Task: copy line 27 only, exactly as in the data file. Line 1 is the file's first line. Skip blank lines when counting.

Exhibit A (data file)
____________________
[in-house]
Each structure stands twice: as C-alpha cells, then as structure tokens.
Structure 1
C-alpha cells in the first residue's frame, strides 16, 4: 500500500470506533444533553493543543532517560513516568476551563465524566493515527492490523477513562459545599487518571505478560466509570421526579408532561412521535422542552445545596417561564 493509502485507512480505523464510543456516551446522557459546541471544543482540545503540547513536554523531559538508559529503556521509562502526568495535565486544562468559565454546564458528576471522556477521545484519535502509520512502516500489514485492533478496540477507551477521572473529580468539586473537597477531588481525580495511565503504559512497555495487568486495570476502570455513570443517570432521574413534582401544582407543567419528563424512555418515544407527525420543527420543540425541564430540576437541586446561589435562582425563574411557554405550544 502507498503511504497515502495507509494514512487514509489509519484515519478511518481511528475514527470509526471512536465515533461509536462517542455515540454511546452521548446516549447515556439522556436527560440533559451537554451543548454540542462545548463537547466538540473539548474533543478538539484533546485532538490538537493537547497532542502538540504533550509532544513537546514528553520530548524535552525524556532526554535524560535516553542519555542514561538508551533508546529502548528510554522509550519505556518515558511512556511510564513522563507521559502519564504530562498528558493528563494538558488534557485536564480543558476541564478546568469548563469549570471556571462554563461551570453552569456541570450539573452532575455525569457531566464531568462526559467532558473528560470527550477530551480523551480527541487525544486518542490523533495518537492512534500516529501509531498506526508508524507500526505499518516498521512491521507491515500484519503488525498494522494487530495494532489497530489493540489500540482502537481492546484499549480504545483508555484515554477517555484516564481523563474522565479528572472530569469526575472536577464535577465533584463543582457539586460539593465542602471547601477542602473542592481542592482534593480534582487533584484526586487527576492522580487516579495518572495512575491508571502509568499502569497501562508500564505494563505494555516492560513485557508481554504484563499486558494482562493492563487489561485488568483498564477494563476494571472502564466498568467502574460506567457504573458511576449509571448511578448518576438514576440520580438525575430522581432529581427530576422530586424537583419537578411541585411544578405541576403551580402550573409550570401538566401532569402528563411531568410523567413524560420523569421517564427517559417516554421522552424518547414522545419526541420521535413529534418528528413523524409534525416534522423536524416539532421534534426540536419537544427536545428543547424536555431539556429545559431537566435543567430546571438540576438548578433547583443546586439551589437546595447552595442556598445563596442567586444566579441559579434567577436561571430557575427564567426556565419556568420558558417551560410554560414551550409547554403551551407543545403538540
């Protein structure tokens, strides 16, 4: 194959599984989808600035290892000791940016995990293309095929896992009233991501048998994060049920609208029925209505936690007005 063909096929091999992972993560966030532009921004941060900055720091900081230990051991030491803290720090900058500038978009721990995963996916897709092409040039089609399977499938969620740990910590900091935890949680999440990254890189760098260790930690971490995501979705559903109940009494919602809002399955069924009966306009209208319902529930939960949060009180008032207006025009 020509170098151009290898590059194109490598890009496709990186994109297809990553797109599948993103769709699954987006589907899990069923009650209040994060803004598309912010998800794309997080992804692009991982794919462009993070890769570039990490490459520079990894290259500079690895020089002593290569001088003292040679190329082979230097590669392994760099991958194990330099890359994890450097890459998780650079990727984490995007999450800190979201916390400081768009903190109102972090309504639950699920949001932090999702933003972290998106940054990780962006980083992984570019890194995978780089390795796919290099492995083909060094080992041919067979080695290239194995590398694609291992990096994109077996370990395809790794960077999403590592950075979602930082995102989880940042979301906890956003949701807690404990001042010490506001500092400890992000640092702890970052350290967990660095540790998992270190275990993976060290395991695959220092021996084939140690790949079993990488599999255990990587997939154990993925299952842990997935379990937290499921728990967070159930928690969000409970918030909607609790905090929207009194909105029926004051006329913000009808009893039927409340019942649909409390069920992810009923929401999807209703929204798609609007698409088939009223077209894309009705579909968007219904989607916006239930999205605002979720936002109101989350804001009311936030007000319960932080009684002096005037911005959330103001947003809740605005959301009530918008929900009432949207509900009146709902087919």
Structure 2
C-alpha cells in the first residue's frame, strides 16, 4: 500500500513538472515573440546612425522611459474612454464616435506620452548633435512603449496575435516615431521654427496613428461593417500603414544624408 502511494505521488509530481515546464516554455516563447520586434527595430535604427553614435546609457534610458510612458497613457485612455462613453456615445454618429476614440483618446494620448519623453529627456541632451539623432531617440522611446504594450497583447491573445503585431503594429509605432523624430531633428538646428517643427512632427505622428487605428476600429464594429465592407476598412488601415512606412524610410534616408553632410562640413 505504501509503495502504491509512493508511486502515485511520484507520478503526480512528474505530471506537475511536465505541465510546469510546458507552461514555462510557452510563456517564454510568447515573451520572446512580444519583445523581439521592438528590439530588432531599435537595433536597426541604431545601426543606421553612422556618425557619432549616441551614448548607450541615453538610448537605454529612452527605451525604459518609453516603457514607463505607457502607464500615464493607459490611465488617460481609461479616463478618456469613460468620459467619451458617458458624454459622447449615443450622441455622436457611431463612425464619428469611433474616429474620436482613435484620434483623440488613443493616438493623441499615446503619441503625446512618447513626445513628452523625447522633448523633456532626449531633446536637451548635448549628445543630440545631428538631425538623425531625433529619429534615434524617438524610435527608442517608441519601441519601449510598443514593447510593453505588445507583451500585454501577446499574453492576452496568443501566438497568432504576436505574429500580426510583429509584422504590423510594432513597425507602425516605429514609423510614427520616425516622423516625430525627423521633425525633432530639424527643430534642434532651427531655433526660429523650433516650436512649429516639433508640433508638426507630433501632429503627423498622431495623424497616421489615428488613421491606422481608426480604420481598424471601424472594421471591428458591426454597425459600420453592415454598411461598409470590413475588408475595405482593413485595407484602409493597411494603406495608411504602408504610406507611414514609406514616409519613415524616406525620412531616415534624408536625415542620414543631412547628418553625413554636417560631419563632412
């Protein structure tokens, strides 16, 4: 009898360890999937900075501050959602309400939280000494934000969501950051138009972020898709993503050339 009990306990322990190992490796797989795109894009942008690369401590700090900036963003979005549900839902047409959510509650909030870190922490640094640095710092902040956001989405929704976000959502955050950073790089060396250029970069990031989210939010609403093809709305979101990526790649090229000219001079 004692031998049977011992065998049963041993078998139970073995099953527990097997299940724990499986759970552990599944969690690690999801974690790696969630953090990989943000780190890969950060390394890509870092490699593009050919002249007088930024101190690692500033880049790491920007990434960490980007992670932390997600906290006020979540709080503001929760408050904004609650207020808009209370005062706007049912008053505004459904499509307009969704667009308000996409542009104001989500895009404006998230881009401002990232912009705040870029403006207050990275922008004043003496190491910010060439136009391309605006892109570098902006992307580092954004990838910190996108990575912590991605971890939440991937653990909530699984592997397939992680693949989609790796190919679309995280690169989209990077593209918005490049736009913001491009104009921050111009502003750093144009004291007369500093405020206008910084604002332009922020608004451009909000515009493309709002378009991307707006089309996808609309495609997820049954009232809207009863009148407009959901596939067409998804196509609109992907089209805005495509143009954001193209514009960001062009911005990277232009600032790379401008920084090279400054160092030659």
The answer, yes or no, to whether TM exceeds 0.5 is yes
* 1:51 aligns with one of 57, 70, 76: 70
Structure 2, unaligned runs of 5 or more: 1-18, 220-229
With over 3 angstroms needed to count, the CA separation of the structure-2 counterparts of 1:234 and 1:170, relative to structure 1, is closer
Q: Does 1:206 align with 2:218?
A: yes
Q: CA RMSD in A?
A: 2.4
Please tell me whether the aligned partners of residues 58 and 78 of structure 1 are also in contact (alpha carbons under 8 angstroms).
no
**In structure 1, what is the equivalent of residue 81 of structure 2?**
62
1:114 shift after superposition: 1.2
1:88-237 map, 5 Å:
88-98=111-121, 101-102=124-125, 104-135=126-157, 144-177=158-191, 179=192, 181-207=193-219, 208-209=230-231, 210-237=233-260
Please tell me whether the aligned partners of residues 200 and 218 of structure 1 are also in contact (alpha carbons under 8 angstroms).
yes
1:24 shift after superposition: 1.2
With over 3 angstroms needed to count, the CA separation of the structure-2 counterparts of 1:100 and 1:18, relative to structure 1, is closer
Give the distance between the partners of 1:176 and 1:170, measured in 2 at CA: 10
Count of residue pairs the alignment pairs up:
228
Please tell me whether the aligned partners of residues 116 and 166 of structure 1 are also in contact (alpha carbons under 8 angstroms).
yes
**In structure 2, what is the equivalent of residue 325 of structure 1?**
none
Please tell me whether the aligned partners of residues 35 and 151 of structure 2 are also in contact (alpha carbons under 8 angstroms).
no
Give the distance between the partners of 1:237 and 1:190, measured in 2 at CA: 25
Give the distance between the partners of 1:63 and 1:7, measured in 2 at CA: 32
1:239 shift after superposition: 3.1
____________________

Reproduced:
With over 3 angstroms needed to count, the CA separation of the structure-2 counterparts of 1:100 and 1:18, relative to structure 1, is closer